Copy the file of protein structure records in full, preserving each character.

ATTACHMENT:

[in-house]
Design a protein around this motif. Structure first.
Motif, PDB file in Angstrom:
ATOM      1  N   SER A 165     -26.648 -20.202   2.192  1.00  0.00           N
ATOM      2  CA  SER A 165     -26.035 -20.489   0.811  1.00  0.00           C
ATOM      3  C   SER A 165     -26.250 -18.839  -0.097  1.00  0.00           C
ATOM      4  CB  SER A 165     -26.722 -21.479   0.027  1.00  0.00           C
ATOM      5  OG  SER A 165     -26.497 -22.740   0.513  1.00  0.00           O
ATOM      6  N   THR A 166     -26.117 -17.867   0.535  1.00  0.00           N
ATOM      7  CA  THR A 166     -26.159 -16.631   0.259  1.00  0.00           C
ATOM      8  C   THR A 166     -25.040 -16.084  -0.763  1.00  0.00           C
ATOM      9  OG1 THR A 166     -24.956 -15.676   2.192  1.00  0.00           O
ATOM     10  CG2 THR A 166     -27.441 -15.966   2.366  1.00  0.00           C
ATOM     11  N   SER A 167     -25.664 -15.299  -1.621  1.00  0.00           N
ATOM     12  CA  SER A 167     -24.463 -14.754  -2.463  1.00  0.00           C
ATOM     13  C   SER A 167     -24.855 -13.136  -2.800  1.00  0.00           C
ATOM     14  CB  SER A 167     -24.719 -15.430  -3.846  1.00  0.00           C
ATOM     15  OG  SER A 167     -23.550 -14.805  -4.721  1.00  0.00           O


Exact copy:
[in-house]
Design a protein around this motif. Structure first.
Motif, PDB file in Angstrom:
ATOM      1  N   SER A 165     -26.648 -20.202   2.192  1.00  0.00           N
ATOM      2  CA  SER A 165     -26.035 -20.489   0.811  1.00  0.00           C
ATOM      3  C   SER A 165     -26.250 -18.839  -0.097  1.00  0.00           C
ATOM      4  CB  SER A 165     -26.722 -21.479   0.027  1.00  0.00           C
ATOM      5  OG  SER A 165     -26.497 -22.740   0.513  1.00  0.00           O
ATOM      6  N   THR A 166     -26.117 -17.867   0.535  1.00  0.00           N
ATOM      7  CA  THR A 166     -26.159 -16.631   0.259  1.00  0.00           C
ATOM      8  C   THR A 166     -25.040 -16.084  -0.763  1.00  0.00           C
ATOM      9  OG1 THR A 166     -24.956 -15.676   2.192  1.00  0.00           O
ATOM     10  CG2 THR A 166     -27.441 -15.966   2.366  1.00  0.00           C
ATOM     11  N   SER A 167     -25.664 -15.299  -1.621  1.00  0.00           N
ATOM     12  CA  SER A 167     -24.463 -14.754  -2.463  1.00  0.00           C
ATOM     13  C   SER A 167     -24.855 -13.136  -2.800  1.00  0.00           C
ATOM     14  CB  SER A 167     -24.719 -15.430  -3.846  1.00  0.00           C
ATOM     15  OG  SER A 167     -23.550 -14.805  -4.721  1.00  0.00           O